He stressed that if steps are taken by leadership acting with courage, if the community honestly faces this issue, and if the international community providing adequate support, there is every reason that Yemen can continue to minimize the potential impact of the epidemic.
He said that all UN representative in Arab countries taking part in the event would like to come with a vision for Yemen to have the lowest rate in the entire world, and that it would continue to be known internationally as a region that provides the most compassionate and loving care to those unfortunate people living with HIV/AIDS
Walid Badawi, regional program advisor, regional bureau for Arab States, pointed out that the philosophy of this program is that action has to be taken now before falling into the trap of other less fortunate countries.
He said that there are a number of catalytic interventions that can be taken at the regional level to begin a process whereby a leadership is developed at the country level, where the true fight lies both within the UNDP and governments.
“We also have a number of interventions under this regional program that aim to catalyze others segments of the society like civil society organizations, especially these working with HIV/AIDS,” he said.
“We aim to develop a network for civil society organizations working on HIV/AIDS to strengthen their ability to exchange and share information and advocate within their respective communities. The regional program aims also to address the question of the mobile populations, like in the Horn of Africa countries as well as the Maghrib region,” he added.
Workshops will be held to address what problems of mobility and its impact on HIV/AIDS in these two sub-regions. Information on HIV/AIDS in Yemen is being used a flagship for the region.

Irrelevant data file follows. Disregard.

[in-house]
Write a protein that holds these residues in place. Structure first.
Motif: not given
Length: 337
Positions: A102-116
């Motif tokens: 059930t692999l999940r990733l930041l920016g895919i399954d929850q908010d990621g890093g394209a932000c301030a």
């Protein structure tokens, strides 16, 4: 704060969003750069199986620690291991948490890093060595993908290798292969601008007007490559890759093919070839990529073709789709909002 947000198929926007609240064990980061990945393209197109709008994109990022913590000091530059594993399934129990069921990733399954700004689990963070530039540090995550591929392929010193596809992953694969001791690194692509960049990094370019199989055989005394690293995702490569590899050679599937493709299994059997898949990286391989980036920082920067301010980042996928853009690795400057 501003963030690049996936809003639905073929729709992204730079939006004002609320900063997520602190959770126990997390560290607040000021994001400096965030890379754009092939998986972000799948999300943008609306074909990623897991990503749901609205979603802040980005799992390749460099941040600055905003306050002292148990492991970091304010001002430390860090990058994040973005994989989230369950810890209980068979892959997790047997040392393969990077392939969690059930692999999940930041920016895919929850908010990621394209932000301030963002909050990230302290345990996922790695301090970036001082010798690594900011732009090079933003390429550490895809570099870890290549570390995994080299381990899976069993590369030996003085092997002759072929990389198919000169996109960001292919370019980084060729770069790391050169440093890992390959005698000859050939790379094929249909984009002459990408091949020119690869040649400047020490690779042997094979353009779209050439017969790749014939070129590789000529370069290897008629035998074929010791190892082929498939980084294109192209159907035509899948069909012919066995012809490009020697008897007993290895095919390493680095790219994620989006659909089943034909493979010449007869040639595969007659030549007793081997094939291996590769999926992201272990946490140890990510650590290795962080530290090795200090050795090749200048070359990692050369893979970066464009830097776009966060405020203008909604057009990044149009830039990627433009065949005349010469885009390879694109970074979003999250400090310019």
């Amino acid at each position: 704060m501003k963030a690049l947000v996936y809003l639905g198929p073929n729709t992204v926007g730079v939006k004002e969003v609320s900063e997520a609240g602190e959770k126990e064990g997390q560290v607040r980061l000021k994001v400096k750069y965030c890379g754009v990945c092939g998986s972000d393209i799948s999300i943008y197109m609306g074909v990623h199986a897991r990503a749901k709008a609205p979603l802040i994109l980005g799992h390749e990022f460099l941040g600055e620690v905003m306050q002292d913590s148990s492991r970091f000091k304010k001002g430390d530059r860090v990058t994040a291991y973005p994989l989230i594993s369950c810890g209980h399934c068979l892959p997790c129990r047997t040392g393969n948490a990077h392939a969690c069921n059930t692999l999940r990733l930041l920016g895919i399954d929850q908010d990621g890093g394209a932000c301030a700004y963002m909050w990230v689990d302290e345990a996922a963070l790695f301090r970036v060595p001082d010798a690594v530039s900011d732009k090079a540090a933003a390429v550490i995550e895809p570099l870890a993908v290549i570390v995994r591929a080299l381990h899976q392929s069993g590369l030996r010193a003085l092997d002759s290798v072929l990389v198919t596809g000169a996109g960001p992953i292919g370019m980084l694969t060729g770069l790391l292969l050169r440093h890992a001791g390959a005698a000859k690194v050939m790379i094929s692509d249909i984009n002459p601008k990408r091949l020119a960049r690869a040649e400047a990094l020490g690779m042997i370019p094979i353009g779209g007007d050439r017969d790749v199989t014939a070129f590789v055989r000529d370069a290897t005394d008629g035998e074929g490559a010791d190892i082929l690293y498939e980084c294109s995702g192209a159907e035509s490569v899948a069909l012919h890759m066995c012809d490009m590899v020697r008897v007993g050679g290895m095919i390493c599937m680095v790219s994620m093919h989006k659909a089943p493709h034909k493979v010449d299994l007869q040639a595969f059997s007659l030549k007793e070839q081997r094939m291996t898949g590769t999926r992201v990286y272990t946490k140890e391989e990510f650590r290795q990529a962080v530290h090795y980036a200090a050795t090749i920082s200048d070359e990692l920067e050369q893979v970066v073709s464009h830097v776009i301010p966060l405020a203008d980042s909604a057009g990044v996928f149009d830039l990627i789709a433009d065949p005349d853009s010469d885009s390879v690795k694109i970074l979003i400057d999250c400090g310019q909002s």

“We hope to encourage countries to develop these necessary databases,” he commented.
He also said that the program focuses on the role of the media, pointing out that there will be a regional workshop for media leaders, journalists and satellite TVs to strengthen their capacity to speak more openly about issues surrounding the region
Dr. Monica Sharma, principal advisor and team Leader, special initiative on HIV/AIDS, bureau for development policy said that several Arab countries have recognized that there is a problem that can escalate tremendously. They recognize that there is an experience in the world today that when the problem is small, something can be done.
UNDP is one of several organizations that are working to deal with this global epidemic.
“Some of the issues we have the world over is to engage with the highest levels, to work for political commitment and additional resources. A fight against HIV/AIDS is not just a fight with top leaders or heads of governments; everybody at all levels and sectors have to be engaged,” she said. “So UNDP is stimulating and providing the platform for such leaderships at all levels to come and address the issue from all levels.
“We are also working to look what can media can do and support governments and civil society. We have very concrete things we would like to do related to strengthening leadership, supporting governments, civil society and people living with the epidemic,” she added.